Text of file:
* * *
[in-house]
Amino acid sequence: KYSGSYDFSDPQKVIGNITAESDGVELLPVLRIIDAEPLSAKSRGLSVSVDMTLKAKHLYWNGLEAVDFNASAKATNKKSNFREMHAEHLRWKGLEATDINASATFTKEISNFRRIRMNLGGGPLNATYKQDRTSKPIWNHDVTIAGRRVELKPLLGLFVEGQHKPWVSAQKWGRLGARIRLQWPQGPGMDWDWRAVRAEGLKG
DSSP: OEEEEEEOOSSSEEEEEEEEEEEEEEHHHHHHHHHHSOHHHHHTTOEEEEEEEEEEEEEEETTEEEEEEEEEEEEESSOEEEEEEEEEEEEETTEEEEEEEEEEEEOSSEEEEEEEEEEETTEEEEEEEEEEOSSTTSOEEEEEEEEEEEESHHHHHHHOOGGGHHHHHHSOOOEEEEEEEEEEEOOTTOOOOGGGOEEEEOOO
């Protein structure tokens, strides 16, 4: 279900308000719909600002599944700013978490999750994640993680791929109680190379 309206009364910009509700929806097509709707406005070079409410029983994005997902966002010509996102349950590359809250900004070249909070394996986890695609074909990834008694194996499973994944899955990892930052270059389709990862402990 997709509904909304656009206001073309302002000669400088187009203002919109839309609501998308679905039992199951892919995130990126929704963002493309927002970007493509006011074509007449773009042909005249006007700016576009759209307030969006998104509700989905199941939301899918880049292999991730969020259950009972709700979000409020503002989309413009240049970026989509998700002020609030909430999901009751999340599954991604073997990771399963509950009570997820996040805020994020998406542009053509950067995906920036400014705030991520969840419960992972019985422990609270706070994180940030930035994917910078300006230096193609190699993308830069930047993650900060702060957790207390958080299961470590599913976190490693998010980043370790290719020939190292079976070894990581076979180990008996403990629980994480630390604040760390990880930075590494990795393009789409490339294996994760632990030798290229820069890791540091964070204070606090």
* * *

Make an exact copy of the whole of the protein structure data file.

[in-house]
Amino acid sequence: KYSGSYDFSDPQKVIGNITAESDGVELLPVLRIIDAEPLSAKSRGLSVSVDMTLKAKHLYWNGLEAVDFNASAKATNKKSNFREMHAEHLRWKGLEATDINASATFTKEISNFRRIRMNLGGGPLNATYKQDRTSKPIWNHDVTIAGRRVELKPLLGLFVEGQHKPWVSAQKWGRLGARIRLQWPQGPGMDWDWRAVRAEGLKG
DSSP: OEEEEEEOOSSSEEEEEEEEEEEEEEHHHHHHHHHHSOHHHHHTTOEEEEEEEEEEEEEEETTEEEEEEEEEEEEESSOEEEEEEEEEEEEETTEEEEEEEEEEEEOSSEEEEEEEEEEETTEEEEEEEEEEOSSTTSOEEEEEEEEEEEESHHHHHHHOOGGGHHHHHHSOOOEEEEEEEEEEEOOTTOOOOGGGOEEEEOOO
């Protein structure tokens, strides 16, 4: 279900308000719909600002599944700013978490999750994640993680791929109680190379 309206009364910009509700929806097509709707406005070079409410029983994005997902966002010509996102349950590359809250900004070249909070394996986890695609074909990834008694194996499973994944899955990892930052270059389709990862402990 997709509904909304656009206001073309302002000669400088187009203002919109839309609501998308679905039992199951892919995130990126929704963002493309927002970007493509006011074509007449773009042909005249006007700016576009759209307030969006998104509700989905199941939301899918880049292999991730969020259950009972709700979000409020503002989309413009240049970026989509998700002020609030909430999901009751999340599954991604073997990771399963509950009570997820996040805020994020998406542009053509950067995906920036400014705030991520969840419960992972019985422990609270706070994180940030930035994917910078300006230096193609190699993308830069930047993650900060702060957790207390958080299961470590599913976190490693998010980043370790290719020939190292079976070894990581076979180990008996403990629980994480630390604040760390990880930075590494990795393009789409490339294996994760632990030798290229820069890791540091964070204070606090």